Physics at the Edge of the World

A view of Amundsen-Scott Station at the South Pole. (Credit: Dwight Bohnet/NSF)A view of Amundsen-Scott Station at the South Pole. (Credit: Dwight Bohnet/NSF)


Deep within the ice covering the South Pole, thousands of sensitive cameras strain their digital eyes in search of a faint blue glow—light that betrays the presence of high-energy neutrinos.

For this episode, Chris sat down with UMD graduate student Liz Friedman and physics professor Kara Hoffman to learn more about IceCube, the massive underground neutrino observatory located in one of the most desolate spots on Earth. It turns out that IceCube is blind to the highest-energy neutrinos, and Friedman is heading down to the South Pole to help install stations for a new observatory—the Askaryan Radio Array—which uses radio waves instead of blue light to tune into the whispers of these ghostly visitors.

This episode of Relatively Certain was produced by Chris Cesare and Emily Edwards. It features music by Dave Depper and Podington Bear. Relatively Certain is a production of the Joint Quantum Institute, a research partnership between the University of Maryland and the National Institute of Standards and Technology, and you can find it on iTunes, Google Play or Soundcloud.

New Hole-Punched Crystal Clears a Path for Quantum Light

Optical highways for light are at the heart of modern communications. But when it comes to guiding individual blips of light called photons, reliable transit is far less common. Now, a collaboration of researchers from the Joint Quantum Institute (JQI), led by JQI Fellows Mohammad Hafezi and Edo Waks, have created a photonic chip that both generates single photons, and steers them around. The device, described in the Feb. 9 issue of Science (link is external), features a way for the quantum light to seamlessly move, unaffected by certain obstacles.

Read more.

Rare Decays Provide Hints of Particle Mischief

Scientists cataloguing the disintegration of an ethereal particle may have spotted new signs of a subtle discrepancy in the Standard Model—the theory that wraps up all of particle physics in a single equation.

The new measurement, performed at the Large Hadron Collider beauty experiment (LHCb) and led by a team at UMD, adds to a growing body of evidence that appears to contradict a basic property of the Standard Model. That property, called lepton flavor universality, seems to emerge directly from the underlying mathematics, and it imposes a democratic order on three fundamental particles: Electrons, together with their heavier cousins —the muon and the tau, should behave identically during certain kinds of particle interactions.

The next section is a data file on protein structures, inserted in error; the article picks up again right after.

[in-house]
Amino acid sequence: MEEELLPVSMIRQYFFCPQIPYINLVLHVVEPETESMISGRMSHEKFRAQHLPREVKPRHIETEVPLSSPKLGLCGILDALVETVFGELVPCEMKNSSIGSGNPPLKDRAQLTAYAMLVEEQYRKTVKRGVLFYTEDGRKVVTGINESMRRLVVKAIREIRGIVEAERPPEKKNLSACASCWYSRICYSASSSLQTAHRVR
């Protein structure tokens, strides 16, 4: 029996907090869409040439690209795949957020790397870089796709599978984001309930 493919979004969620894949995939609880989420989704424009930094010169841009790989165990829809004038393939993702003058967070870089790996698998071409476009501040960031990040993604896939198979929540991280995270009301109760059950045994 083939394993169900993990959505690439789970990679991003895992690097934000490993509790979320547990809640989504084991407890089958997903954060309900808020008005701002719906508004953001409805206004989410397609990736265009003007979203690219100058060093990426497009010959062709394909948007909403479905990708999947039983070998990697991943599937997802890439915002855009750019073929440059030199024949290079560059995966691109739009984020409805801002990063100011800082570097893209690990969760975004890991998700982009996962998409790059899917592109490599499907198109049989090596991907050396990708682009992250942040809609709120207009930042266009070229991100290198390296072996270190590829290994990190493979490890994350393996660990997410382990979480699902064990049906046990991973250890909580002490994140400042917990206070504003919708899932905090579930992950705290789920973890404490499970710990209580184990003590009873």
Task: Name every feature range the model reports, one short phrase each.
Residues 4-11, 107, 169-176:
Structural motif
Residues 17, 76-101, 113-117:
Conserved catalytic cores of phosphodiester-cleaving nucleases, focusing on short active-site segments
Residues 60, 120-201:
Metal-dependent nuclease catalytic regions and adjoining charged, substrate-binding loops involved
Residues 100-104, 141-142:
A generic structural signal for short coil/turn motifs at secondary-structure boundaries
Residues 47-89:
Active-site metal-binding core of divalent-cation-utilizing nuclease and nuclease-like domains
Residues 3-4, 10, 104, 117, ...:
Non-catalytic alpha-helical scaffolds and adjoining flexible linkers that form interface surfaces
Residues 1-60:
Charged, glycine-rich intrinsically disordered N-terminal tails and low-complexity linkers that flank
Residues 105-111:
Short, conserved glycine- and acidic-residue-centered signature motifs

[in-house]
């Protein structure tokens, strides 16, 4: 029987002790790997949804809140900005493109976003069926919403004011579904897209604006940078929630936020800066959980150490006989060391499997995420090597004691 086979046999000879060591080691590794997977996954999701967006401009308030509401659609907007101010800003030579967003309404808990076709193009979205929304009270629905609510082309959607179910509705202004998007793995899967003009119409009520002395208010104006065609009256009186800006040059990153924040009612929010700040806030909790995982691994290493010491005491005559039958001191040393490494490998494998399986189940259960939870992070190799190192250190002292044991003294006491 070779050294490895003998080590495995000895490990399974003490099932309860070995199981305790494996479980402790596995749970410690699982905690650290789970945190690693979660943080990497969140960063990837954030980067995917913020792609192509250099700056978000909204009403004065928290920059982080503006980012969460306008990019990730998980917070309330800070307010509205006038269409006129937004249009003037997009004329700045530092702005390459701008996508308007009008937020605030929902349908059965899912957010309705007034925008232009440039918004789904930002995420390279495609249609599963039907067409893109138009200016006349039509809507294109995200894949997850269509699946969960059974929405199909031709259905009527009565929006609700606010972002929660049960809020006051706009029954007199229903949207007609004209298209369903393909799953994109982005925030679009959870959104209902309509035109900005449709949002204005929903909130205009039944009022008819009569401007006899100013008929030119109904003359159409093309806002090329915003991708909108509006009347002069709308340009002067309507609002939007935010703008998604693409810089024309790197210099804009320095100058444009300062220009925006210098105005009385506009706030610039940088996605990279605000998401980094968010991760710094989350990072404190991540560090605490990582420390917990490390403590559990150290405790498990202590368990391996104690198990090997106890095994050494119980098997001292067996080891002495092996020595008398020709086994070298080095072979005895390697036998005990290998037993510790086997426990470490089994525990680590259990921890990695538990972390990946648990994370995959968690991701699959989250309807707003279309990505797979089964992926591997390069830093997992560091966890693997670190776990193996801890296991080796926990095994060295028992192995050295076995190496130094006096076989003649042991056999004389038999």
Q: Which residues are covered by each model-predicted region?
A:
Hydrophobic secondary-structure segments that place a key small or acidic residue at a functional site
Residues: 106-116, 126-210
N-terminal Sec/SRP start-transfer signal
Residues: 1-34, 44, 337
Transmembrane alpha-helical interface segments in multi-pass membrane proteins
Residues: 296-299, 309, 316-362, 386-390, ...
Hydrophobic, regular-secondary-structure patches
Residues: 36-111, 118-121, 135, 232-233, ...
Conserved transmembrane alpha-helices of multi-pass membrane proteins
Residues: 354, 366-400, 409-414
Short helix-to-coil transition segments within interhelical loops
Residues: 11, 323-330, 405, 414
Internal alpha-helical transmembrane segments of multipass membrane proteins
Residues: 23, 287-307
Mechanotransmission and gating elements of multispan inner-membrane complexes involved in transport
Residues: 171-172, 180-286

But for several years physicists have been finding cracks in this egalitarian image. The latest result, which makes detailed use of the different ways that very rare particles decay, strengthens the case against lepton universality and may point the way toward new physics. As more rare decays are recorded, researchers could begin to mount an even stronger case and investigate other aspects of the violation.

The paper has been accepted for publication in Physical Review Letters, and a preprint is available for download on the arXiv. The CERN Courier highlighted the result this past October.

The UMD team that devised and led the measurement includes Professor Hassan Jawahery, graduate student Jack Wimberley and postdoctoral researcher Brian Hamilton.


Spheres of Attraction, Brought Together by Quantum Physics

Researchers at the University of Maryland have made new measurements of a practically imperceptible effect, known as the Casimir force. In contrast to more familiar forces like gravitation, scientists didn’t even really know of its existence until the mid 20th century.

Read more.

Narrow Glass Threads Synchronize the Light Emissions of Distant Atoms

If you holler at someone across your yard, the sound travels on the bustling movement of air molecules. But over long distances your voice needs help to reach its destination—help provided by a telephone or the Internet. Atoms don’t yell, but they can share information through light. And they also need help connecting over long distances.

Read more.